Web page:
Dana Wierzbicki was raped by a Disney World coworker after-hours. After figuring out the proper channels to go through to deal with the situation, she met with a counselor provided by the company. The (female!) counselor responded in pretty much the least helpful way imaginable:
I recounted everything that happened that night while the counselor stayed silent and seemed at least mildly sympathetic. When I told her we had been drinking, her face changed from “concerned” to “you made a mistake.” Still, I told her, I said “no” the entire time and he never listened.
The first thing she said to me was “Well, now you know not to be hanging around boys in the middle of the night. You know what they want.”
Take a few seconds and re-read that. Now let’s unpack it.
A certified counselor was insinuating that it was my fault that my coworker decided to rape me — as if I should have known better than to interact with any man after dark. Not only that, but she was advising me to approach every interaction with a man as if he is a potential rapist, including every man that works at Disney World. If I react to a man with anything less than hostility after sundown, whatever happens is my fault.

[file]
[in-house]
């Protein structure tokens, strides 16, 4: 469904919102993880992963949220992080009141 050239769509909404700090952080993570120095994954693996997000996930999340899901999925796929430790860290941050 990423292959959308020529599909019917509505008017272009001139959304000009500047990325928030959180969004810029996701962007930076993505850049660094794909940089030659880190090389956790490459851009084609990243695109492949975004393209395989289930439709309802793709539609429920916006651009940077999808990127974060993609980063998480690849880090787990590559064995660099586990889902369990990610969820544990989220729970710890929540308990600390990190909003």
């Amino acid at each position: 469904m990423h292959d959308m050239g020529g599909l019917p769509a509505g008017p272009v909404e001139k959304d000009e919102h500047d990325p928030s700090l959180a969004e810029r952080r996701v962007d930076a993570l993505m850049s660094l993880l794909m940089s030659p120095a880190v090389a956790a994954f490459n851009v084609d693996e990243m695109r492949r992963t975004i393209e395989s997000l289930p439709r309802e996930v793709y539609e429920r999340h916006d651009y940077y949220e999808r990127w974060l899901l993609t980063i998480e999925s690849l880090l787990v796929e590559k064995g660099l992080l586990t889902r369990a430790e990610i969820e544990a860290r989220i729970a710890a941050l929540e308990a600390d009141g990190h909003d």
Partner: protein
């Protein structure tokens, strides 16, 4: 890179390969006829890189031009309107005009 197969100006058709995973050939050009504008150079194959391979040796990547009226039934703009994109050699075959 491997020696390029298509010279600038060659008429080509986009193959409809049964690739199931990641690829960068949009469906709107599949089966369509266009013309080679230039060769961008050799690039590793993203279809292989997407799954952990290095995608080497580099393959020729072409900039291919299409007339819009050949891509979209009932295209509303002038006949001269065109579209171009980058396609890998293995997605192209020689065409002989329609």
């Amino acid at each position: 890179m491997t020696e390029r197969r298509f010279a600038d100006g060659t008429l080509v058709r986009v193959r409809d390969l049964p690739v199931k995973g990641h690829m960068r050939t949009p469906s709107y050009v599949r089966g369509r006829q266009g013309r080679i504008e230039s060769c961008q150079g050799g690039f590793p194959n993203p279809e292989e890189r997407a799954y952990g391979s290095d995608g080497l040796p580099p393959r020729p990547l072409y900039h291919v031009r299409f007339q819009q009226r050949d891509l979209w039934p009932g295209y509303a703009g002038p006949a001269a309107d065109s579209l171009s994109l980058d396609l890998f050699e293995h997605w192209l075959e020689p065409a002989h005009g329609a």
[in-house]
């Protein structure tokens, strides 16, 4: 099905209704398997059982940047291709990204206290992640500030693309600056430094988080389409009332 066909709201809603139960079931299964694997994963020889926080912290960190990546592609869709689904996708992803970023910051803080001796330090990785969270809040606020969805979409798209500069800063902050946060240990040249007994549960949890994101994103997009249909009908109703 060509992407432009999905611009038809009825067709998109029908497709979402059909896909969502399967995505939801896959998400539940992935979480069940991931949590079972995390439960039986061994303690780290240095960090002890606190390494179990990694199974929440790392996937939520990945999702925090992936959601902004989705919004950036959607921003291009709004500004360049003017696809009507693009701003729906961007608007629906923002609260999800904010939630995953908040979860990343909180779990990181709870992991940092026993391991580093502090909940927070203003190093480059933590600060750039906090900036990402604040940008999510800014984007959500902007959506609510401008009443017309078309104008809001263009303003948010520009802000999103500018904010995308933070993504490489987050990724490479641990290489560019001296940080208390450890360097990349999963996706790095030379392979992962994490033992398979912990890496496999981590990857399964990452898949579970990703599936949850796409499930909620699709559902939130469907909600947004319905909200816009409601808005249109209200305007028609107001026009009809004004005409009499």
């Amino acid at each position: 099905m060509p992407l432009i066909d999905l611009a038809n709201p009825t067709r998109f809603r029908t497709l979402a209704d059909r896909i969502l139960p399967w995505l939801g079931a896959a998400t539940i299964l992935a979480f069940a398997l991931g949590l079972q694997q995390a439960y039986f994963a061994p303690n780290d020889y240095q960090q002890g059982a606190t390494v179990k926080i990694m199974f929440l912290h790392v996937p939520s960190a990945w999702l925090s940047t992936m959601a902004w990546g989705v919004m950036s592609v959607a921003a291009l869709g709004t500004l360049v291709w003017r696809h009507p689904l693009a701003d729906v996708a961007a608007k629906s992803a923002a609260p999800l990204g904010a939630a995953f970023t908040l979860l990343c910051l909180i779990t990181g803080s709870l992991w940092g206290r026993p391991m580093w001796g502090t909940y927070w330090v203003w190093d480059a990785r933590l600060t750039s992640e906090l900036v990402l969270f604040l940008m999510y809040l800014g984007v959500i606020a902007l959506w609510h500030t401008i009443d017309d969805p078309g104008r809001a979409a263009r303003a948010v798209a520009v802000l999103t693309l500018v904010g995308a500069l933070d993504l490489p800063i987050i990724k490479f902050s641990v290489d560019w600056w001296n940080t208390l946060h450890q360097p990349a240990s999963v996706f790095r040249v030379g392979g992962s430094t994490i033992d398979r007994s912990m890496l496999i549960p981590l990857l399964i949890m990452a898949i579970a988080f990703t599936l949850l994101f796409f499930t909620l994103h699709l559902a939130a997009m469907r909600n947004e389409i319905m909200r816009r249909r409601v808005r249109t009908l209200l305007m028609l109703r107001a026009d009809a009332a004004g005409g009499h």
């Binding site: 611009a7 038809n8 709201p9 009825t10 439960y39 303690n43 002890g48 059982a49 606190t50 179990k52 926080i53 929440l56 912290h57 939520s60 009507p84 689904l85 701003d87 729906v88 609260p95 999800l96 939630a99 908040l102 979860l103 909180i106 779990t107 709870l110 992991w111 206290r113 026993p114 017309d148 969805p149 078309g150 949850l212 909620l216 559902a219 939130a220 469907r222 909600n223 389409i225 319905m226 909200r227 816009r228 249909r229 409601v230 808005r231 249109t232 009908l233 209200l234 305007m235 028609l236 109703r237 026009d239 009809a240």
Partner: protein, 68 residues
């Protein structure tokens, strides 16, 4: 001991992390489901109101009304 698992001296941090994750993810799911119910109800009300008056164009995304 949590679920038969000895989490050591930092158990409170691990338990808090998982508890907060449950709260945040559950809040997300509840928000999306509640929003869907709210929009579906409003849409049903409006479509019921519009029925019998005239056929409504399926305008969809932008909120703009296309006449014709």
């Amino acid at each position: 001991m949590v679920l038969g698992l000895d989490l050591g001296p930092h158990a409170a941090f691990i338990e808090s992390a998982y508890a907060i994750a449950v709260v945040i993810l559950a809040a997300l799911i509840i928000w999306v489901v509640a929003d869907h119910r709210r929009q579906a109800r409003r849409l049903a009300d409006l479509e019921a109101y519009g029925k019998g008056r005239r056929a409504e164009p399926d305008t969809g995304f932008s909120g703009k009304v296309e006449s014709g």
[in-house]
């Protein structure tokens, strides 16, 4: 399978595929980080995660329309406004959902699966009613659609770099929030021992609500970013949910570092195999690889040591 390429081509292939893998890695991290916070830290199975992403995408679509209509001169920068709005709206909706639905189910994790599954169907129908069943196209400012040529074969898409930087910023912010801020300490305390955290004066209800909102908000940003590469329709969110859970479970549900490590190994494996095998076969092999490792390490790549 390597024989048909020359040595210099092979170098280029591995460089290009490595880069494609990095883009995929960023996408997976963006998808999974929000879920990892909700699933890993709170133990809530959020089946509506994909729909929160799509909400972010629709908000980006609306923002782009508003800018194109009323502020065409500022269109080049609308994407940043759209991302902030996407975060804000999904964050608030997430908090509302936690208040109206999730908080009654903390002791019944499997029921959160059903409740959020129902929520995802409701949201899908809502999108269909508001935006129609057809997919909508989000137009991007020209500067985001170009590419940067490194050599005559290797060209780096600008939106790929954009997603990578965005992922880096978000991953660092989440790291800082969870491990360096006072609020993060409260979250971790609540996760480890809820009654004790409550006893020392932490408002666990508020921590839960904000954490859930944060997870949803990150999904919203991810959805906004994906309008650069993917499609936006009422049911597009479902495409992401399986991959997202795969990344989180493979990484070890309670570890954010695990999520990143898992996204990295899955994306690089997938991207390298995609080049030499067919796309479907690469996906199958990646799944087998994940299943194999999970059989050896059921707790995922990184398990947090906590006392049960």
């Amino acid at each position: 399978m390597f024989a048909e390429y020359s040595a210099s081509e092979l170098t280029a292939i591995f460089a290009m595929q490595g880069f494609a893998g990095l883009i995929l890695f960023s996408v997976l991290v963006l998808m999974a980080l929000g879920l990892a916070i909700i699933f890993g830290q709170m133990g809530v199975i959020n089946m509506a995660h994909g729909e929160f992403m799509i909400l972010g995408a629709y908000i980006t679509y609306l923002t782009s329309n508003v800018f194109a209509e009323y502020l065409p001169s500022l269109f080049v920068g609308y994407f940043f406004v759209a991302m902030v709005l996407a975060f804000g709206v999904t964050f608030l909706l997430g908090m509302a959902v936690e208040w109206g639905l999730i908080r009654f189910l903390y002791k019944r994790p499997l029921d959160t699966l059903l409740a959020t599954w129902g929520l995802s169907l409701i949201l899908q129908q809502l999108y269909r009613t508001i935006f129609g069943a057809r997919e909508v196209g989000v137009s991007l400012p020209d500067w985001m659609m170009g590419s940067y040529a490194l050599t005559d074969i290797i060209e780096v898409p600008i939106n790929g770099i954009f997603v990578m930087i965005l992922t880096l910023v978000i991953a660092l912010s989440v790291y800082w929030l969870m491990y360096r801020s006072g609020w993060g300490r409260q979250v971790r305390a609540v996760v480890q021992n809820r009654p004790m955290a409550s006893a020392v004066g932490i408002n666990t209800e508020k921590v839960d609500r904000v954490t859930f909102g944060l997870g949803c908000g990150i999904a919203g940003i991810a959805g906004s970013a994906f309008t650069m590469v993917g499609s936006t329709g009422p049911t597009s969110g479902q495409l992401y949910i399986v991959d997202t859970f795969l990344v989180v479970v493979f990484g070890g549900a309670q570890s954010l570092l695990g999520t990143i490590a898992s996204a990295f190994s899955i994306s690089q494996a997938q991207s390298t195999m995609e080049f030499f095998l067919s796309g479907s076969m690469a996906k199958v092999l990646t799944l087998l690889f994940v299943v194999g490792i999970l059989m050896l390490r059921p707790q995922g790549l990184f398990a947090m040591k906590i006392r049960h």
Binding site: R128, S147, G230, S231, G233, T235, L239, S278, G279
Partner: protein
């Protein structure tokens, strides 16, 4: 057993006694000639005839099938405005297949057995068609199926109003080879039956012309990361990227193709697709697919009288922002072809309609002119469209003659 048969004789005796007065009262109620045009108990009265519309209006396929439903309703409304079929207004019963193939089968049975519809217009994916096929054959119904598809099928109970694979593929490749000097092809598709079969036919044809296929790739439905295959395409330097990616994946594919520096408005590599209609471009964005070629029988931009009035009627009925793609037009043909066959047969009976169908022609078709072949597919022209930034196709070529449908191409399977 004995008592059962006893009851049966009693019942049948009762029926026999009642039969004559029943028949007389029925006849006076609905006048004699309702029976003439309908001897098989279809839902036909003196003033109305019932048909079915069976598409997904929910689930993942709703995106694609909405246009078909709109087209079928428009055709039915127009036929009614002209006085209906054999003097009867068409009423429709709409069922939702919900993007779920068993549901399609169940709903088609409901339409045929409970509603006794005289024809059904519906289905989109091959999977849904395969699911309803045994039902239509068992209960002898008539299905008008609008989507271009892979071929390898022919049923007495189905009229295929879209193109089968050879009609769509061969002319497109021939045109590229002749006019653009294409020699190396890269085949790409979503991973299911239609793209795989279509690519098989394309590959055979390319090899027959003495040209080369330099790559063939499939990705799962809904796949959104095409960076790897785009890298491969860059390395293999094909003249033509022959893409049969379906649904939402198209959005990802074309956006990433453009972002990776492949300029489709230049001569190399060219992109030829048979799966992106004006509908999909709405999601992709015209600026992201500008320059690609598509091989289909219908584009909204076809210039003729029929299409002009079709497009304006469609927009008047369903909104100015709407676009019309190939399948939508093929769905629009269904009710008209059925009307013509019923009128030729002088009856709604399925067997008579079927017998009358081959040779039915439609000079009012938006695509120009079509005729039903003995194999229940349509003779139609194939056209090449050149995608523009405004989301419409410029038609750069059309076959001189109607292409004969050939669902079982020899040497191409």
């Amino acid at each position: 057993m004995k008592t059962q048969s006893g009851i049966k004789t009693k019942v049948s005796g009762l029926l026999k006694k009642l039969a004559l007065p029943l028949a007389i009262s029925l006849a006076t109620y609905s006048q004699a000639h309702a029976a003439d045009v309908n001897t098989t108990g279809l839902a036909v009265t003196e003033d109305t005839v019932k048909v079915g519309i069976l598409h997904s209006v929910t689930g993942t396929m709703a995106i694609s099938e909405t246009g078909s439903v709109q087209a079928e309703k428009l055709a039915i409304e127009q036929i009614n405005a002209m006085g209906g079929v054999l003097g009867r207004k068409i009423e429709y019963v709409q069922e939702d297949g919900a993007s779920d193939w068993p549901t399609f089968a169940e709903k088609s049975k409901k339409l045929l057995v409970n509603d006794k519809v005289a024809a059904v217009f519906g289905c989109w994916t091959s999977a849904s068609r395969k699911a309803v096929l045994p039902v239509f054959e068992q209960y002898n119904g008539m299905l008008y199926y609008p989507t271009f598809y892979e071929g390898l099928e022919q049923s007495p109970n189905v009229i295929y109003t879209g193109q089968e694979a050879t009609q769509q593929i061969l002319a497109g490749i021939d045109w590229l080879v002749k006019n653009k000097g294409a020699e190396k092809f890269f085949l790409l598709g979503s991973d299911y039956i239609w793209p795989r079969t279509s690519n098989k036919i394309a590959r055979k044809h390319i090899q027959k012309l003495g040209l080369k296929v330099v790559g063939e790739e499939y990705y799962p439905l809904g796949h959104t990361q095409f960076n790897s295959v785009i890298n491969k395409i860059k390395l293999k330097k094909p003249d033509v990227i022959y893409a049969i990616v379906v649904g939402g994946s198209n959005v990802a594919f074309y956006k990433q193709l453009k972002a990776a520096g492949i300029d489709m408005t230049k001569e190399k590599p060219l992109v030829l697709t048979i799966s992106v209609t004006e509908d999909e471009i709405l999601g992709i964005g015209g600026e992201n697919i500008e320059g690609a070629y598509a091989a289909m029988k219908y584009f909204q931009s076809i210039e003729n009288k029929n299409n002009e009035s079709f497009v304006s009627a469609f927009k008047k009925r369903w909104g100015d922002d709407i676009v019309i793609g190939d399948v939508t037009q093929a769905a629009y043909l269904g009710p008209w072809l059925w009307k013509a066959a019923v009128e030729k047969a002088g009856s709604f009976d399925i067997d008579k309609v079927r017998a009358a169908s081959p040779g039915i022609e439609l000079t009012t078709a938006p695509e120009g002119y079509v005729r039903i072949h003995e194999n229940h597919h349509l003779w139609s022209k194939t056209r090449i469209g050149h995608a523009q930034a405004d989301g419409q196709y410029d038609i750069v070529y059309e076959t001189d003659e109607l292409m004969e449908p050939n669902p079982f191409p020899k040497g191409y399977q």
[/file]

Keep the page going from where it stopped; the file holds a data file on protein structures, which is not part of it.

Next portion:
Saxby Chambliss Attributes Military Sexual Assault To ‘The Hormone Level Created By Nature’:
Sen. Saxby Chambliss (R-Ga.) called on the military to do more to crack down on sexual assault in its ranks on Tuesday, while also worrying that they may be hard to stop because of the natural “hormone level” of the young men serving.
“The young folks who are coming into each of your services are anywhere from 17 to 22 or 23. Gee whiz, the hormone level created by nature sets in place the possibility for these types of things to occur. So we’ve got to be very careful how we address it on our side,” Chambliss told top military officials at a Senate Armed Services Committee hearing. “But guys, we are not doing our job. You’re not doing yours, and we are not doing ours with the rates we are seeing on sexual assaults.”
While he’s at least making the point that something should be done, “hormones” don’t explain why this kind of behavior is so disgustingly prevalent – a study by the Pentagon found that 26,000 service members were sexually assaulted last year alone.
What makes this possible is the perceived lack of repercussions for such behavior. And it’s no wonder they think they can get away with it: they can. Hell, just this April an Air Force pilot convicted of sexual assault had the decision overturned by a three-star general and is now reinstated. In an environment where there’s no punishment for acting like an animal, the worst of the young men in the military are doing just that.